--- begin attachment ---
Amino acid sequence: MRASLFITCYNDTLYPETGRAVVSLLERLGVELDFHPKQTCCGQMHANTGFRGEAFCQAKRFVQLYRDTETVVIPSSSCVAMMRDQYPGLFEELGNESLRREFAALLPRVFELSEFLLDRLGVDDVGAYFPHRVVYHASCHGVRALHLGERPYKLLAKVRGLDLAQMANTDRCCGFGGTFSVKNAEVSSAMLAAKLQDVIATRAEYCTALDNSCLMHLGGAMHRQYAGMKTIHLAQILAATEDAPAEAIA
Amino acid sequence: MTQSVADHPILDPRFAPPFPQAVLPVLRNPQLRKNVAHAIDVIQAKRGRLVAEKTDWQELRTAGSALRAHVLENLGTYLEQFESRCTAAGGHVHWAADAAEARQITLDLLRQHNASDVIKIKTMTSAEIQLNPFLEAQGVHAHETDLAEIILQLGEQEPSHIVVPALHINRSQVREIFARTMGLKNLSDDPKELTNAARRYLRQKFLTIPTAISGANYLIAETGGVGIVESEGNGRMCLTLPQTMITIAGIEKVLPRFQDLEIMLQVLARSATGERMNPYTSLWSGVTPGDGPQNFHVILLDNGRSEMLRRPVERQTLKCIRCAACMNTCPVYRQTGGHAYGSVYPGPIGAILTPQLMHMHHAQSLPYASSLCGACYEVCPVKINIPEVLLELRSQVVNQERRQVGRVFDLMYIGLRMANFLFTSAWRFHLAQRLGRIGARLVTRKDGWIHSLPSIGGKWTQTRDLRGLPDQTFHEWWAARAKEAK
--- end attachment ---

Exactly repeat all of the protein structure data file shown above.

Amino acid sequence: MRASLFITCYNDTLYPETGRAVVSLLERLGVELDFHPKQTCCGQMHANTGFRGEAFCQAKRFVQLYRDTETVVIPSSSCVAMMRDQYPGLFEELGNESLRREFAALLPRVFELSEFLLDRLGVDDVGAYFPHRVVYHASCHGVRALHLGERPYKLLAKVRGLDLAQMANTDRCCGFGGTFSVKNAEVSSAMLAAKLQDVIATRAEYCTALDNSCLMHLGGAMHRQYAGMKTIHLAQILAATEDAPAEAIA
Amino acid sequence: MTQSVADHPILDPRFAPPFPQAVLPVLRNPQLRKNVAHAIDVIQAKRGRLVAEKTDWQELRTAGSALRAHVLENLGTYLEQFESRCTAAGGHVHWAADAAEARQITLDLLRQHNASDVIKIKTMTSAEIQLNPFLEAQGVHAHETDLAEIILQLGEQEPSHIVVPALHINRSQVREIFARTMGLKNLSDDPKELTNAARRYLRQKFLTIPTAISGANYLIAETGGVGIVESEGNGRMCLTLPQTMITIAGIEKVLPRFQDLEIMLQVLARSATGERMNPYTSLWSGVTPGDGPQNFHVILLDNGRSEMLRRPVERQTLKCIRCAACMNTCPVYRQTGGHAYGSVYPGPIGAILTPQLMHMHHAQSLPYASSLCGACYEVCPVKINIPEVLLELRSQVVNQERRQVGRVFDLMYIGLRMANFLFTSAWRFHLAQRLGRIGARLVTRKDGWIHSLPSIGGKWTQTRDLRGLPDQTFHEWWAARAKEAK